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de Havilland Vampire T.11 XE854 Rawmarsh
Note; since this visit, the site has been cleared and a new memorial has been placed near the cenotaph in the village.
This memorial was built over the impact crater of Vampire jet XE854, which dived into the ground on 9 March 1959, by the parents of pupil pilot Midshipman Ian Ferguson Wilson.
His ashes were interred beneath the memorial plaque at the centre, where you can see a few poppies in the photo.
For 50 years this was all fields but in the intervening years a housing estate had been built around it. Not that this memorial was remembered in any way. It was sited within rough ground bordered by houses. This enclosure was unused and had become completely overgrown.
Cunningham noted on his visit in 2006 that the memorial was
“completely concealed…rather in the way of a jungle-swallowed temple.”
With this in mind, I arrived in July 2009 carrying a yard brush and some garden shears. Having scrambled along a muddy ditch, and hacked my way through chest high stinging nettles and bindweed, I arrived at the memorial scratched, stung and covered in creepy crawlies.
Ok, it wasn’t quite Indiana Jones but it was an odd feeling; this crash site was the nearest to civilisation to any I’d visited – the back gardens of houses just metres away – yet it was the most difficult to reach.
I set about some adventure gardening, cutting and trampling down the nettles, pruning back the branches and I hauled out a bramble which had taken root, revealing a boot scraper. I laid some poppies plucked from the edge of a nearby wheat field and sat on the bench for a couple of minutes to pay my respects. By the end of summer it would have all overgrown again.
However before it all grew back, staff from Rotherham Council also visited the crash site and just after my visit (their plans were not known to me when I was there) the area was cleared and a new memorial built near the church, making a nice human interest story for the local press. It is a good thing too that the new memorial was created, the more people who remember these men and the places they died the better.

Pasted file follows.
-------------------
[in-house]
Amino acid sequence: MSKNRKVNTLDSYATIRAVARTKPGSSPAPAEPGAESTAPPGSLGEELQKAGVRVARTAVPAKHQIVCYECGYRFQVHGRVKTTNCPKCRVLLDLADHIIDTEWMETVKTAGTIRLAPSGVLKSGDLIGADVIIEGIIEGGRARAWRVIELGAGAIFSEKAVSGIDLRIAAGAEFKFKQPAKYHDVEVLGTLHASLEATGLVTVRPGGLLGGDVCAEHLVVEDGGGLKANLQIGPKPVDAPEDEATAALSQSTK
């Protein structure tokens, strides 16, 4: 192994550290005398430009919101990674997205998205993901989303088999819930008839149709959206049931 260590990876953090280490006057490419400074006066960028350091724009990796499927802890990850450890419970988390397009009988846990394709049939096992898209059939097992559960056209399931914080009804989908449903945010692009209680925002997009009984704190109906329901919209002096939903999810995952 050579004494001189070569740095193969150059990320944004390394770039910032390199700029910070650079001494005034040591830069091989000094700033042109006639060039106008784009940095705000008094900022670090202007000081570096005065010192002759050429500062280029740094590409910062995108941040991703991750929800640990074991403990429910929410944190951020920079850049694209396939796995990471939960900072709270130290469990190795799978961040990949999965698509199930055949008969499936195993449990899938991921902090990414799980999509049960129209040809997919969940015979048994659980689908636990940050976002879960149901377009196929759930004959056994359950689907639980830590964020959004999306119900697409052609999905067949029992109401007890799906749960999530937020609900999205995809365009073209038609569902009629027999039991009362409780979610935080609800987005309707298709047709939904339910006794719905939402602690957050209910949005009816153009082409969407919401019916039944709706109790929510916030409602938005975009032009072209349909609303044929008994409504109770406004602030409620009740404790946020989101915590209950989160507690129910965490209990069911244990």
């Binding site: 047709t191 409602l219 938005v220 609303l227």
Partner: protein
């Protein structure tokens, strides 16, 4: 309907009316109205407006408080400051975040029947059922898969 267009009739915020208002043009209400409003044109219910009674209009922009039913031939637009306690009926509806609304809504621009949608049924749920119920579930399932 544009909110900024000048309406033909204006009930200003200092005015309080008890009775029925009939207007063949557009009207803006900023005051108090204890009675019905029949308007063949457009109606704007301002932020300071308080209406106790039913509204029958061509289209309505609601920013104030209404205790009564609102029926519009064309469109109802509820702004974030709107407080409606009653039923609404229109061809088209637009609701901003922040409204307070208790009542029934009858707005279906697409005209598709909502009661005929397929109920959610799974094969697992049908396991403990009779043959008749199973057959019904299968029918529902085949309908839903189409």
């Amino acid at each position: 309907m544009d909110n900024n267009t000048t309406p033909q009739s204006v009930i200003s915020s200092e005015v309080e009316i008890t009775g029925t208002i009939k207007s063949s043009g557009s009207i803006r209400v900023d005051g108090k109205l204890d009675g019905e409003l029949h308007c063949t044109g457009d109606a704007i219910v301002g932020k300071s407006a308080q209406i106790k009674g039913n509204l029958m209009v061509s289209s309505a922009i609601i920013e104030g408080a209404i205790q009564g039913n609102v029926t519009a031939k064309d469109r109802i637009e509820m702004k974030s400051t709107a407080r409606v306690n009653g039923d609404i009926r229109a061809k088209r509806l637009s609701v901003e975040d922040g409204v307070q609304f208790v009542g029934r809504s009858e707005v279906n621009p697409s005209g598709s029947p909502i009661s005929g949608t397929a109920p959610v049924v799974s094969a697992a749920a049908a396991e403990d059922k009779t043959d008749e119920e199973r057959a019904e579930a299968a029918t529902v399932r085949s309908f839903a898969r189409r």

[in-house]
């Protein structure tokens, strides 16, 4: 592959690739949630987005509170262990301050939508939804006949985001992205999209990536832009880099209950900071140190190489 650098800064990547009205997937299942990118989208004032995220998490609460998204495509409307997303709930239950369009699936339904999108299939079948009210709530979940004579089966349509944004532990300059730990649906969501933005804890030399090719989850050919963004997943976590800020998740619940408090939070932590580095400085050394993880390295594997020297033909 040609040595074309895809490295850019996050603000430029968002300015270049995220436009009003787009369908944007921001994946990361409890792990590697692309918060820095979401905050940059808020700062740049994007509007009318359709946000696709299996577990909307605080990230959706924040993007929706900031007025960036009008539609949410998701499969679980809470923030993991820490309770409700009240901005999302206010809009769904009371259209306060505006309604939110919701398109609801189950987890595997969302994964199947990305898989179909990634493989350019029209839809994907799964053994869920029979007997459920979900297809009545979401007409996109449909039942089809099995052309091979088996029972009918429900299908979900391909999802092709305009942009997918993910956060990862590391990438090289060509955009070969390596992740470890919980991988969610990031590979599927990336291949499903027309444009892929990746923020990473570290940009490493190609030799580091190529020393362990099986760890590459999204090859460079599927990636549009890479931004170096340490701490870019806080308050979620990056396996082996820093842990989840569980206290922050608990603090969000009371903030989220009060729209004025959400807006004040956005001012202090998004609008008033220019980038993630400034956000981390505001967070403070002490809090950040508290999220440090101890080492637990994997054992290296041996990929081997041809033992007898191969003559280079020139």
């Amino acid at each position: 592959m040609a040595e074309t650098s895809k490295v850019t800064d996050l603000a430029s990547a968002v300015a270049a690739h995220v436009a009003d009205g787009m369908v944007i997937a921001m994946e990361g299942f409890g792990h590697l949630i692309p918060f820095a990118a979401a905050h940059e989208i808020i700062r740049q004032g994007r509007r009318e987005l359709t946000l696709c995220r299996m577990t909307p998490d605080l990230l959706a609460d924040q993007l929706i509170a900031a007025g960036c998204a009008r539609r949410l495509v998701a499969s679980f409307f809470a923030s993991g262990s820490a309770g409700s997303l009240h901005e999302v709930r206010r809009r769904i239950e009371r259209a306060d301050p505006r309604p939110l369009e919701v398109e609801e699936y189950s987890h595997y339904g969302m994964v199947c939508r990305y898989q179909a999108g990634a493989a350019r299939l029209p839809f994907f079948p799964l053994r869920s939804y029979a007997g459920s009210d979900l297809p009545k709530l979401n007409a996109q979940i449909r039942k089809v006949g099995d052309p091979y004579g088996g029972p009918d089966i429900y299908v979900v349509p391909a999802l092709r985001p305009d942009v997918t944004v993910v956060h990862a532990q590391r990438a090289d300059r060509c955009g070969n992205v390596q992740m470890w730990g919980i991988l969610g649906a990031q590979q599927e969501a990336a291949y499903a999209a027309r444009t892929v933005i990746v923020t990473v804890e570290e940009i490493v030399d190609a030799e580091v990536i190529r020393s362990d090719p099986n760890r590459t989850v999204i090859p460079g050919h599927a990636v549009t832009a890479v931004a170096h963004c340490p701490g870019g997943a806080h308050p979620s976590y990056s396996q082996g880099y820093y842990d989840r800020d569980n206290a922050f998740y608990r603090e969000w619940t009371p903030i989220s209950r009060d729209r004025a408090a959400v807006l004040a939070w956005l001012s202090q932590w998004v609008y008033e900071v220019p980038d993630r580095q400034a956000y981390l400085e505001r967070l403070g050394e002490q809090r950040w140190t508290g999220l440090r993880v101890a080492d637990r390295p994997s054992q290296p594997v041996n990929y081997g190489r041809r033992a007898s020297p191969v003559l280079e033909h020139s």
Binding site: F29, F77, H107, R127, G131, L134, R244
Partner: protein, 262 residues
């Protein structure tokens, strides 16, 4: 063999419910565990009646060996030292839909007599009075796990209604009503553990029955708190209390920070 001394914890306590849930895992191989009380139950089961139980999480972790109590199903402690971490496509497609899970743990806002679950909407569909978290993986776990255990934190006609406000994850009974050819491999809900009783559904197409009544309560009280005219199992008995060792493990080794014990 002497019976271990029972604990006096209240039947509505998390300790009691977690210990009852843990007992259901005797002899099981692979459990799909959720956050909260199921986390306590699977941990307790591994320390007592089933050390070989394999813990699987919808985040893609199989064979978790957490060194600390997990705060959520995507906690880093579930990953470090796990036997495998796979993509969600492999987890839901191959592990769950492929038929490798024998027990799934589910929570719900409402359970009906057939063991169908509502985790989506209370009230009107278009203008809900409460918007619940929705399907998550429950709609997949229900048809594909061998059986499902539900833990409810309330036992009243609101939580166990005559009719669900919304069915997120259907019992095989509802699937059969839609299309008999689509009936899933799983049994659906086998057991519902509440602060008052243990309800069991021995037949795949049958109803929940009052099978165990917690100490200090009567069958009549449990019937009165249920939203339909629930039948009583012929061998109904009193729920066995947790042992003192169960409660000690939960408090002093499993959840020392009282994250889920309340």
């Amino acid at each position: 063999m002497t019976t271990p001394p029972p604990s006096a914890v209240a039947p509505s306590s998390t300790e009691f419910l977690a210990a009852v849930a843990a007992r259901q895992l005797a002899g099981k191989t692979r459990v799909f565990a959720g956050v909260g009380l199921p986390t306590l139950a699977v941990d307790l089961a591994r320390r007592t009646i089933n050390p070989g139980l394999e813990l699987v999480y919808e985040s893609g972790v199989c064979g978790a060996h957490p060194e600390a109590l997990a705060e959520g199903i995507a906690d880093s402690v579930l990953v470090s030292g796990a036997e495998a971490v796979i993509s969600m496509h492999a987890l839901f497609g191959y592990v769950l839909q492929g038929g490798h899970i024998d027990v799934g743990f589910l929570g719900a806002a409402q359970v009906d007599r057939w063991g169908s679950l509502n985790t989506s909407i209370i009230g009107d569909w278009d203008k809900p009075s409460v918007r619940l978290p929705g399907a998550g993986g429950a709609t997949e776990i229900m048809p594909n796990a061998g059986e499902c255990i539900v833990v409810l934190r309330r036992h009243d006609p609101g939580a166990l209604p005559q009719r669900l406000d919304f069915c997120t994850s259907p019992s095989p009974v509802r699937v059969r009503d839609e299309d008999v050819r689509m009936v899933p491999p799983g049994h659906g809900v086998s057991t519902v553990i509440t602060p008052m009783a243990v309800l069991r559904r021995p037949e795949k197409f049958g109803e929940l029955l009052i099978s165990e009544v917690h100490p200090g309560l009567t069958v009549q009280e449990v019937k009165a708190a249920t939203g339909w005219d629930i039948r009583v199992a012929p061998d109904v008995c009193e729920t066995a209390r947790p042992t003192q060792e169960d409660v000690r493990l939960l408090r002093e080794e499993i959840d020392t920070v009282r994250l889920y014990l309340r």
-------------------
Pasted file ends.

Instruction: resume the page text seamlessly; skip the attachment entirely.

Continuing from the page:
But the story that Midshipman Ferguson Wilson controlled his out of control jet to avoid hitting some cottages is not impossible just very improbable; it is a common social phenomenon for these stories to emerge when an aircraft crashes near a town but with no casualties on the ground. The official verdict was that he was a young pilot doing some unauthorised low flying over his home as did many others. But unlike the majority who got away with it, the pilot lost control and was too close to the ground to recover.
19 year old Midshipman Wilson of the Fleet Air Arm had been on a training exercise from RAF Linton-on-Ouse near York. Having completed his tasks, he took a detour to buzz his home, not for the first time apparently. The Vampire was seen to fly low above the parish church and roof tops before making a climbing turn and disappeared into low cloud. At this point, Midshipman Wilson lost control of the jet which may have stalled in the climb, or possibly he became disoriented in the cloud. At that height there’s no margin for error and he was killed instantly as the Vampire broke through the low cloud and plunged to the ground.
The plaque at the centre marked the point of impact. Also in the memorial was a stone tablet in the form of an open book, placed by Midshipman Wilson’s Aunties and Uncle on the occasion of what would have been his 21st birthday.
The plaque at the centre read
WITH PRIDE AND AFFECTION WE HONOUR THE MEMORY OF OUR DEAR SON
IAN FERGUSON WILSON AGED 19 YEARS
MIDSHIPMAN PILOT, FLEET AIR ARM
LATE STUDENT OF ROTHERHAM GRAMMAR SCHOOL WHO LOST HIS LIFE WHEN HIS VAMPIRE T.II JET PLANE CRASHED HERE MARCH 9TH 1959
“ONE CROWDED HOUR OF GLORIOUS LIFE IS WORTH AN AGE WITHOUT A NAME”
The other memorial read
WITH LOVE AND AFFECTION TO OUR DEAR NEPHEW IAN ON HIS 21ST BIRTHDAY DECEMBER 27TH 1960.
HIS AUNTIES AND UNCLE
THE FERGUSON FAMILY
UPDATE OCTOBER 2009. Please see comments below.
Details from Peakland Air Crashes – The North (2006) by Pat Cunningham
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